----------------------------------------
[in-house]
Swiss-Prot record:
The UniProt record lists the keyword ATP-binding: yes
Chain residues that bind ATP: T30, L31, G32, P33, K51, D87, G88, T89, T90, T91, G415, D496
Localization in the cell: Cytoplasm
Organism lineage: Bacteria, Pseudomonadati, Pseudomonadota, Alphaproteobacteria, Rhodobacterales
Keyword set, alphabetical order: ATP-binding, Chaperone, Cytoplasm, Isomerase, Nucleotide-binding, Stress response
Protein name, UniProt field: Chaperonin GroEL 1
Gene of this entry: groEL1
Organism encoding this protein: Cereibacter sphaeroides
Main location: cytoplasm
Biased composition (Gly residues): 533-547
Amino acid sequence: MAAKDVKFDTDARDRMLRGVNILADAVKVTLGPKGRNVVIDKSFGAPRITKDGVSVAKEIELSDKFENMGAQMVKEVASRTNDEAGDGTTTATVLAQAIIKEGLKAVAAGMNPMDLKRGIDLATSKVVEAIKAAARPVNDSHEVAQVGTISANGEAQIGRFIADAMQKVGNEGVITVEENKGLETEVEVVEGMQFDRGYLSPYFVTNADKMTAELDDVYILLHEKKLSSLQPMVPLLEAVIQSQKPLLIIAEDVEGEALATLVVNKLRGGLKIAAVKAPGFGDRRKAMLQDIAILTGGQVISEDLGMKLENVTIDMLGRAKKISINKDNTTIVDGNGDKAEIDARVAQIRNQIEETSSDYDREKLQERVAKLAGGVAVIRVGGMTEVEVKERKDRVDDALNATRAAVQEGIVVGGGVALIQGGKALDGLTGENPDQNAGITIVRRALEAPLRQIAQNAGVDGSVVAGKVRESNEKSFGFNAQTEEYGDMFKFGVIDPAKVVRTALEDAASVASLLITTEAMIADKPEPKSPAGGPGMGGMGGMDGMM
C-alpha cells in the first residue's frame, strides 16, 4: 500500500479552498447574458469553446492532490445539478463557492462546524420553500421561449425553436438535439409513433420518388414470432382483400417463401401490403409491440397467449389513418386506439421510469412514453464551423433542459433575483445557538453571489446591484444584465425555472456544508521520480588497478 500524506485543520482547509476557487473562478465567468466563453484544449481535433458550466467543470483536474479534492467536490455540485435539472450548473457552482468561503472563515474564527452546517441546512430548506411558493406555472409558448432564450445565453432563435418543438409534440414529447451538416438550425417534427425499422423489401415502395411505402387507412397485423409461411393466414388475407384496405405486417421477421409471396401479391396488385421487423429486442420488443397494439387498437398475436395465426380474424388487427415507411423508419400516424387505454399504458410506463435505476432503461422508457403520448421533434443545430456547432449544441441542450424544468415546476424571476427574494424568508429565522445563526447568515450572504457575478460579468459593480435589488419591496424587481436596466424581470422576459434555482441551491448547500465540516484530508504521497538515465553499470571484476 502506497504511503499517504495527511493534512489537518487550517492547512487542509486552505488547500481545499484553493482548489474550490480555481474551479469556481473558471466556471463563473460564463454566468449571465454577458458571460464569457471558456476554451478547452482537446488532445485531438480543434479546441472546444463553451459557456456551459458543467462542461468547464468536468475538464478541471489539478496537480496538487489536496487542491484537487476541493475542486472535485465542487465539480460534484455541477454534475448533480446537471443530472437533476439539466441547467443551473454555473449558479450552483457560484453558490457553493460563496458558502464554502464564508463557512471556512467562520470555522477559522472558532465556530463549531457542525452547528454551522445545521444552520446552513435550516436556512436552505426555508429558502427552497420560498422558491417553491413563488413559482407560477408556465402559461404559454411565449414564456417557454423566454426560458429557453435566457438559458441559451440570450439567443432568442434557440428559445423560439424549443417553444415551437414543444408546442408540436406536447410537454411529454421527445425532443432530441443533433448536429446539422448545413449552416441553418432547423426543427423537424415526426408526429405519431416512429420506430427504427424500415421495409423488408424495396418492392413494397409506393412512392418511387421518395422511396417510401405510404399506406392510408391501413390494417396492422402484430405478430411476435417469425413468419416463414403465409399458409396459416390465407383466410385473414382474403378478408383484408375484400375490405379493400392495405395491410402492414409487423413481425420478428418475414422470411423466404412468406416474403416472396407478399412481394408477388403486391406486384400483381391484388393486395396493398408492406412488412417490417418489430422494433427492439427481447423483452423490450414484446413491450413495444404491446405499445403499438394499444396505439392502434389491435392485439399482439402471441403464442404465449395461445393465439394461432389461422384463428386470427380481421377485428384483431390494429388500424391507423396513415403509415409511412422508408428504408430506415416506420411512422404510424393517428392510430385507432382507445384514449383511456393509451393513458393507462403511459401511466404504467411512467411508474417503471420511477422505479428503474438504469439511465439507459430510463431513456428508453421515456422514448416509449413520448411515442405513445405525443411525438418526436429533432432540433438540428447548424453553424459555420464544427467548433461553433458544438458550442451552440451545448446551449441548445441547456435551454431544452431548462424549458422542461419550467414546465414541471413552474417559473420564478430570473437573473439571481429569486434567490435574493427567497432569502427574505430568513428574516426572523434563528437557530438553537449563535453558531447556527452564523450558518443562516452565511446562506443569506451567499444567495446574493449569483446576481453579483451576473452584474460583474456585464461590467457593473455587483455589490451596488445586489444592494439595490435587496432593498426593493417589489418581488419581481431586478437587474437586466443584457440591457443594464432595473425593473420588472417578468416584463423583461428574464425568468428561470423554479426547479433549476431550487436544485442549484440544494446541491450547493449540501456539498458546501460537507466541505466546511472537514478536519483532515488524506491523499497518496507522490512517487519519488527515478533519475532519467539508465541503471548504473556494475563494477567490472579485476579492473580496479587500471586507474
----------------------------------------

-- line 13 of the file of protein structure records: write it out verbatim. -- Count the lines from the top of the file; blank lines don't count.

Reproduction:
Amino acid sequence: MAAKDVKFDTDARDRMLRGVNILADAVKVTLGPKGRNVVIDKSFGAPRITKDGVSVAKEIELSDKFENMGAQMVKEVASRTNDEAGDGTTTATVLAQAIIKEGLKAVAAGMNPMDLKRGIDLATSKVVEAIKAAARPVNDSHEVAQVGTISANGEAQIGRFIADAMQKVGNEGVITVEENKGLETEVEVVEGMQFDRGYLSPYFVTNADKMTAELDDVYILLHEKKLSSLQPMVPLLEAVIQSQKPLLIIAEDVEGEALATLVVNKLRGGLKIAAVKAPGFGDRRKAMLQDIAILTGGQVISEDLGMKLENVTIDMLGRAKKISINKDNTTIVDGNGDKAEIDARVAQIRNQIEETSSDYDREKLQERVAKLAGGVAVIRVGGMTEVEVKERKDRVDDALNATRAAVQEGIVVGGGVALIQGGKALDGLTGENPDQNAGITIVRRALEAPLRQIAQNAGVDGSVVAGKVRESNEKSFGFNAQTEEYGDMFKFGVIDPAKVVRTALEDAASVASLLITTEAMIADKPEPKSPAGGPGMGGMGGMDGMM